U.S. Economy Heating Up After Winter Chill, Fed Says


U.S. economic activity picked up in recent weeks as a weather-related drag lifted, the Federal Reserve said on Wednesday.

In its Beige Book report of anecdotal information on business activity collected from contacts nationwide, the U.S. central bank said eight of its 12 districts characterized growth as "modest to moderate."

Chicago reported that growth had picked up, while New York and Philadelphia said activity had rebounded from slowdowns related to severe weather earlier in the year.

"Reports from the 12 Federal Reserve Districts suggest economic activity increased in most regions of the country since the previous report," the Fed said.

The report, compiled by the Federal Reserve Bank of Richmond from data collected before April 7, is broadly in line with data ranging from retail sales to industrial production that have suggested growing momentum in the economy in step with warmer weather.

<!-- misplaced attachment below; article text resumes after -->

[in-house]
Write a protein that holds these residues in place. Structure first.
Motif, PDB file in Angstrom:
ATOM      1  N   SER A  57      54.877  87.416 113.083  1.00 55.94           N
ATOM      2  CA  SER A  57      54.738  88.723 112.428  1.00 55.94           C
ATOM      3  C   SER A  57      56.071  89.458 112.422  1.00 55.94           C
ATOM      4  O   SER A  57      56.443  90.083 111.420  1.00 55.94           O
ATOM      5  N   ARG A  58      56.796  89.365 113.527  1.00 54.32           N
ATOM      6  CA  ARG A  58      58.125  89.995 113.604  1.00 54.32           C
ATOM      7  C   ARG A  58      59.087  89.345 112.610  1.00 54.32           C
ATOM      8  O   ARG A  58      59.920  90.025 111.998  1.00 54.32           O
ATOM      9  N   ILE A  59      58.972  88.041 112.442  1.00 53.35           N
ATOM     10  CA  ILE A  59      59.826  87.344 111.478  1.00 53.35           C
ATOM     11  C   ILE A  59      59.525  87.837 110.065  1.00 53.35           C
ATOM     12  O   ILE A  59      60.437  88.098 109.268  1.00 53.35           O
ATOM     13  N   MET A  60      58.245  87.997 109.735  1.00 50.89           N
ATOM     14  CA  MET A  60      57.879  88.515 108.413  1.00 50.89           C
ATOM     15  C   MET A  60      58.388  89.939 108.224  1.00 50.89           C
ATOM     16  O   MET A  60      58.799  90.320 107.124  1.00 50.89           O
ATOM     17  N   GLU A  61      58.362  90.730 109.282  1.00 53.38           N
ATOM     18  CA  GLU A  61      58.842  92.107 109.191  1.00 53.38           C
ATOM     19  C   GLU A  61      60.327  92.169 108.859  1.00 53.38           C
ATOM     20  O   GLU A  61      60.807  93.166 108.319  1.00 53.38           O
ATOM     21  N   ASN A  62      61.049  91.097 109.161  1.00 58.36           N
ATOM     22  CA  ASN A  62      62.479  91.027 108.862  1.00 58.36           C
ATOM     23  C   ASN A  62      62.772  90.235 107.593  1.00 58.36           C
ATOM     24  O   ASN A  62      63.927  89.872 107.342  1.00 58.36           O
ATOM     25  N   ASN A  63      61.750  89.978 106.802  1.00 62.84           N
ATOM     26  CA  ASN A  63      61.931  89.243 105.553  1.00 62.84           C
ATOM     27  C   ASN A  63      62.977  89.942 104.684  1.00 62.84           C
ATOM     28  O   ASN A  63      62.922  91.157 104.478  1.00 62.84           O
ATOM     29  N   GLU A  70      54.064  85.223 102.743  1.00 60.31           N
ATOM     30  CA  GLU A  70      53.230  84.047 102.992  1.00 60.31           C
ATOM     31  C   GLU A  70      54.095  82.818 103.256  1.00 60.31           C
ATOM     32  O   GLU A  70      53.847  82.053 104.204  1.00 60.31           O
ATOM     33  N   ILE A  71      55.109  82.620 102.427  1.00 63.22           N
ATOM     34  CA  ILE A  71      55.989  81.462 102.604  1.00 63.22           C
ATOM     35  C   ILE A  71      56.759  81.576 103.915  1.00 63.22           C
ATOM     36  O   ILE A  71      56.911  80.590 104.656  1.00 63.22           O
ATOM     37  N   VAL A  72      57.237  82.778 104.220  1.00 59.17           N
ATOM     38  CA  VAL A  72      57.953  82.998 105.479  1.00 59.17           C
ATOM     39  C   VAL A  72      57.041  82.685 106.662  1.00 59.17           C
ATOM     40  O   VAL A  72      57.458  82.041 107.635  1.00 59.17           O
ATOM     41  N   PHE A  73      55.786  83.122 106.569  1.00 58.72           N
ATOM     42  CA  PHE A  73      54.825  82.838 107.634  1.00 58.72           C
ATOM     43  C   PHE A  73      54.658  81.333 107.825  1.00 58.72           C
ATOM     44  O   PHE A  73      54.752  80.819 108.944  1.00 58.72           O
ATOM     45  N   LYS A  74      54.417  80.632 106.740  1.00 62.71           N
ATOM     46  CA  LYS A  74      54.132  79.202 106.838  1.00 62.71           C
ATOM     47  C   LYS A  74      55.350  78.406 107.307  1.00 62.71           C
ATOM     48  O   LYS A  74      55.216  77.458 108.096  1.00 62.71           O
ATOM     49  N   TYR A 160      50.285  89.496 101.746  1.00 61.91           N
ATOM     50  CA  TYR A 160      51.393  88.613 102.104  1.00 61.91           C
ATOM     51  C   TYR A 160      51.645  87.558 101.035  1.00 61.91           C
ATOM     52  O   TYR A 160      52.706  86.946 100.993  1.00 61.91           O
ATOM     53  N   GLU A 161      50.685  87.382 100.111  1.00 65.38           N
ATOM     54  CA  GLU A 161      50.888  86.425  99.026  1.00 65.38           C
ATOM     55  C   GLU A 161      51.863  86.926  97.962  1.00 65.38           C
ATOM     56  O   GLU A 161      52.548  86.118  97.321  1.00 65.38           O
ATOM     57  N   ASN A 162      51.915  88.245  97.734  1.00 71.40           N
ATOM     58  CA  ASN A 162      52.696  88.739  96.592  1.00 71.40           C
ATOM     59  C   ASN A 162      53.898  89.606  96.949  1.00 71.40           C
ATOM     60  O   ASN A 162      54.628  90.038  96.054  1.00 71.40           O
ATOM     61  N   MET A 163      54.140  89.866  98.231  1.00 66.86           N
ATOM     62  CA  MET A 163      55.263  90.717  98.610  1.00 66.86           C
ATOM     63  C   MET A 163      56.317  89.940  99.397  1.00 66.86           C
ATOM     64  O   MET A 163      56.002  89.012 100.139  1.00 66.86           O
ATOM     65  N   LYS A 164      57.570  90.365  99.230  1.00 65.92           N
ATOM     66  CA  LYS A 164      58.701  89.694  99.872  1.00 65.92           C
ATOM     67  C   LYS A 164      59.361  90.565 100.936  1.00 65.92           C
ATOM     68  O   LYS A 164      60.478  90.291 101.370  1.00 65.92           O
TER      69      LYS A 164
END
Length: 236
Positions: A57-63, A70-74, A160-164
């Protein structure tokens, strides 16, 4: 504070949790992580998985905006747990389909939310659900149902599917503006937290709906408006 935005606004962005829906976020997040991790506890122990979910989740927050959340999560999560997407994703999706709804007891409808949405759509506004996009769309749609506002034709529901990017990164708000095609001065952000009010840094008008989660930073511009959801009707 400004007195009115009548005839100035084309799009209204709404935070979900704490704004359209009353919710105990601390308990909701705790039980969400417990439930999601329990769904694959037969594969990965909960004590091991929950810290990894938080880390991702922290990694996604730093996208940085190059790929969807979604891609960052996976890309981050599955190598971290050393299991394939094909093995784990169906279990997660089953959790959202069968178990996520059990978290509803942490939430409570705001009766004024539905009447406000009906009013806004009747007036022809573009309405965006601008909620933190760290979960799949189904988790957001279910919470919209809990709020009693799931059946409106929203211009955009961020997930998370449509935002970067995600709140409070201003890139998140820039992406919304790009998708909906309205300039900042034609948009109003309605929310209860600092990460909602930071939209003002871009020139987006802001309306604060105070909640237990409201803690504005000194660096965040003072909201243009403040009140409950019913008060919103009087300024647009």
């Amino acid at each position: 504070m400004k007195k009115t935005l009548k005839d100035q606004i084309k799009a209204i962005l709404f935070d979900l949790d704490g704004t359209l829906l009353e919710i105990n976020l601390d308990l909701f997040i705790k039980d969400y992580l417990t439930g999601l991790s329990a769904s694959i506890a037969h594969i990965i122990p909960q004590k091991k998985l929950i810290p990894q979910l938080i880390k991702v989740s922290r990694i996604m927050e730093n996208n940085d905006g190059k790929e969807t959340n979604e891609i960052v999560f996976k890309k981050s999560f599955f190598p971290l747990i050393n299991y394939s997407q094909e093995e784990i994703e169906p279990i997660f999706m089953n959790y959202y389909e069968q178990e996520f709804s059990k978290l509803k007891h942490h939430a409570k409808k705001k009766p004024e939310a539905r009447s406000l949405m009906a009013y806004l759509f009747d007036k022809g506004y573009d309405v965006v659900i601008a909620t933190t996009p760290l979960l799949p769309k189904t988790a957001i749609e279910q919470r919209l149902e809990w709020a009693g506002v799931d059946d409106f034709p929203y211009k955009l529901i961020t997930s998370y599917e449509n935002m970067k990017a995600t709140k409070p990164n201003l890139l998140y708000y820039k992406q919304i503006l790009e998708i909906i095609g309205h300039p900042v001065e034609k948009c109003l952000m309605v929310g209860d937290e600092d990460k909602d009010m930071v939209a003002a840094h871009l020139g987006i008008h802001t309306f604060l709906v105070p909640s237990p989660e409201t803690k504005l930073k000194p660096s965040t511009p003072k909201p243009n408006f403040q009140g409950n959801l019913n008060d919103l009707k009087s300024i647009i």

The economy stumbled early in the year as snow storms and bitter cold disrupted activity.

The Beige Book found that consumer spending had increased in recent weeks in most districts. Auto sales were up in seven districts, while manufacturing improved in most districts.

"Several districts reported that the impact of winter weather was less severe than earlier this year," the Fed said.

(Reporting by Lucia Mutikani; Editing by Paul Simao)